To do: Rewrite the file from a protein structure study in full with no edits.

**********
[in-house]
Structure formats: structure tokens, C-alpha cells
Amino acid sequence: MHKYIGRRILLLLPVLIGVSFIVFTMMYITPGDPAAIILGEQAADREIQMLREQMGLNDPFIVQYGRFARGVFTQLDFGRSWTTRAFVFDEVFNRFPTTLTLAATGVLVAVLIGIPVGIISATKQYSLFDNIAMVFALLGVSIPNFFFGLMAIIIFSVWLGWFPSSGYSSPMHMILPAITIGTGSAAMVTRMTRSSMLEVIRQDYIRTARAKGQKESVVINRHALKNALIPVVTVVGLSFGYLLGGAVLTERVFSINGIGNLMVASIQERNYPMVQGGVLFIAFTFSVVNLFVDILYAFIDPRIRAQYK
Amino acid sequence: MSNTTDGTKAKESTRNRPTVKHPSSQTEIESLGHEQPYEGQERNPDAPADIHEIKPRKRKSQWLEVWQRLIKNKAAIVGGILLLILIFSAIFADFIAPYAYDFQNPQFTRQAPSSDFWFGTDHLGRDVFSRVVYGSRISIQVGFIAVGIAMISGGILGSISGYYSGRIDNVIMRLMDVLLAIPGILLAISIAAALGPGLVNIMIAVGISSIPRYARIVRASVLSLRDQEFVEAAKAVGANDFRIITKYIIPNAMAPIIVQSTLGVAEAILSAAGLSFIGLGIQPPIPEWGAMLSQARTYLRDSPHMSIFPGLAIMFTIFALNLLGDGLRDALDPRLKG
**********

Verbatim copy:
[in-house]
Structure formats: structure tokens, C-alpha cells
Amino acid sequence: MHKYIGRRILLLLPVLIGVSFIVFTMMYITPGDPAAIILGEQAADREIQMLREQMGLNDPFIVQYGRFARGVFTQLDFGRSWTTRAFVFDEVFNRFPTTLTLAATGVLVAVLIGIPVGIISATKQYSLFDNIAMVFALLGVSIPNFFFGLMAIIIFSVWLGWFPSSGYSSPMHMILPAITIGTGSAAMVTRMTRSSMLEVIRQDYIRTARAKGQKESVVINRHALKNALIPVVTVVGLSFGYLLGGAVLTERVFSINGIGNLMVASIQERNYPMVQGGVLFIAFTFSVVNLFVDILYAFIDPRIRAQYK
Amino acid sequence: MSNTTDGTKAKESTRNRPTVKHPSSQTEIESLGHEQPYEGQERNPDAPADIHEIKPRKRKSQWLEVWQRLIKNKAAIVGGILLLILIFSAIFADFIAPYAYDFQNPQFTRQAPSSDFWFGTDHLGRDVFSRVVYGSRISIQVGFIAVGIAMISGGILGSISGYYSGRIDNVIMRLMDVLLAIPGILLAISIAAALGPGLVNIMIAVGISSIPRYARIVRASVLSLRDQEFVEAAKAVGANDFRIITKYIIPNAMAPIIVQSTLGVAEAILSAAGLSFIGLGIQPPIPEWGAMLSQARTYLRDSPHMSIFPGLAIMFTIFALNLLGDGLRDALDPRLKG